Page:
Ural Moves Production to Kazakhstan Amidst Turmoil at Home

Redmond, Washington-based Ural Motorcycle company has long manufactured their iconic off-road motorcycles at a plant in Irbit, Russia, staying true to the bike’s Cold War-era roots. In a 2018 interview with Yahoo! News, the company’s current CEO, Ilya Khait recounted that at it’s peak, the factory employed 10,000 people and produced nearly 130,000 motorcycles a year for a Russian populace obsessed with the two-wheeled vehicles in the years following World War II. As the Cold War ended and the Soviet system collapsed, the plant became a shadow of its former glory, producing as few as a four thousand units a year before the company endured multiple bankruptcies and nearly disappeared in the late 1990s. In 2000, Ilya and a group of fellow investors bought the company and began a gradual turnaround of the brand that has lead to a thriving business and a sizable international cult following.

With a slowing global economy and expanding international sanctions against Russia, Ural has once again fallen on hard times. In an interview posted to Ural’s YouTube channel, CEO Ilya Khait remarks that “We are in [a] multi-layer blockade right now. Essentially we can’t bring anything in and we cannot get anything out. And if we could, we would see huge import tariffs.” “We can’t even ship parts right now.” “We have to move [out of Russia] no matter what. [There is] no way around it.”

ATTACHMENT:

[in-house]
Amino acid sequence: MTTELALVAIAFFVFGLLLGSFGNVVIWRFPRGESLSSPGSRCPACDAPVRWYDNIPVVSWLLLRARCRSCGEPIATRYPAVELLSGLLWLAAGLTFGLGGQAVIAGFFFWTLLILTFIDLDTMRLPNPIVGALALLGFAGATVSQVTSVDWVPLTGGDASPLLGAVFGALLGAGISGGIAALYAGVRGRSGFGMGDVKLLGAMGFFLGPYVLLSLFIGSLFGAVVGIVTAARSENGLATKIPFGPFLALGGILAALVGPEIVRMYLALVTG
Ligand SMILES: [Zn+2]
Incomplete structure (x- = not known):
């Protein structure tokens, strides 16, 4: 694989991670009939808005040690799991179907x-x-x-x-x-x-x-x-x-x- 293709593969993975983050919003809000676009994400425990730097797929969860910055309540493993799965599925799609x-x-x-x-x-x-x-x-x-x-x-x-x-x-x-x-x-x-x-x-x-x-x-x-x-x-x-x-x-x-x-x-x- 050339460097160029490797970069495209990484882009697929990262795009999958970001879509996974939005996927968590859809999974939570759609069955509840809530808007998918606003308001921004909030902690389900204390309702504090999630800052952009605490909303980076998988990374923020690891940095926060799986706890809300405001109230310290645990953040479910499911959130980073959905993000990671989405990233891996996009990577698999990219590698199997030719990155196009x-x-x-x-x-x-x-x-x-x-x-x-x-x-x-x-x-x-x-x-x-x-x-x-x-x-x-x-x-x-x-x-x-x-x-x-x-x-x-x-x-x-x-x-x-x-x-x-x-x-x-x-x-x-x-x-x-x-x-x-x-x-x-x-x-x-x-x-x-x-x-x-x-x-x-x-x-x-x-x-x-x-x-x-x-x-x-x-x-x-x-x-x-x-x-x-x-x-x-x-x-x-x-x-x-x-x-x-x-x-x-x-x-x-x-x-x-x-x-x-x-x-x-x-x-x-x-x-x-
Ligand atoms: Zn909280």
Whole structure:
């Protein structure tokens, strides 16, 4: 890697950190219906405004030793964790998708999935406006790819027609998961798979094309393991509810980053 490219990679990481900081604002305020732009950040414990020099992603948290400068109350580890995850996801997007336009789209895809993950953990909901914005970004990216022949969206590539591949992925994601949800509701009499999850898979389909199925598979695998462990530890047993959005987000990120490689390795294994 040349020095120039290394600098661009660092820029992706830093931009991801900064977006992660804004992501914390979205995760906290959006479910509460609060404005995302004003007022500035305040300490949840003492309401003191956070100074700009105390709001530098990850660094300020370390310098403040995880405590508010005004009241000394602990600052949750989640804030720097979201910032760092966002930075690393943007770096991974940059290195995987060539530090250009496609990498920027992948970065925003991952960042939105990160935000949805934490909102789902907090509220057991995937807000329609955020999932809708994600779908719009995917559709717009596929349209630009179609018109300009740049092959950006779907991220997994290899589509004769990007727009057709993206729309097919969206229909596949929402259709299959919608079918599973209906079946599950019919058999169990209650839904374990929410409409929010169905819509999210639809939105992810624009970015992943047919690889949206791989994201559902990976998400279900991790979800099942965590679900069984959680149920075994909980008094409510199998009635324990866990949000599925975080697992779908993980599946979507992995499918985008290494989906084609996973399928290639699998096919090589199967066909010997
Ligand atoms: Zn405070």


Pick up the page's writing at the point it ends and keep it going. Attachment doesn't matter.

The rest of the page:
The company announced on April 18th that they would be moving the bulk of its manufacturing operations to the northern Kazakhstani city of Petropavl, roughly 600 kilometers southeast of the Irbit factory. The new location will focus on assembly of Ural’s motorcycles, and free the company from the economic and supply-chain constraints of doing business within Russia’s borders. Some work will continue at the Irbit location, with the original factory continuing to focus on frames and body components that will ultimately be shipped to Petropavl for assembly.


Ural chose to relocate to Kazakhstan due to its proximity to current operations, the predominance of Russian speakers there, and ultimately as the “easiest, fastest, simplest way to get ourselves out of Russia and restart manufacturing”, according to Kait. The CEO admits that he doesn’t know whether this will just be a short term relocation or a long term home for Ural’s operations. Part shipments are expected to restart in the next few weeks with full motorcycles to follow in the coming months.

Wherever Urals end up being built, we hope to have the iconic off-road bike around for along time. Godspeed Mr. Kait.

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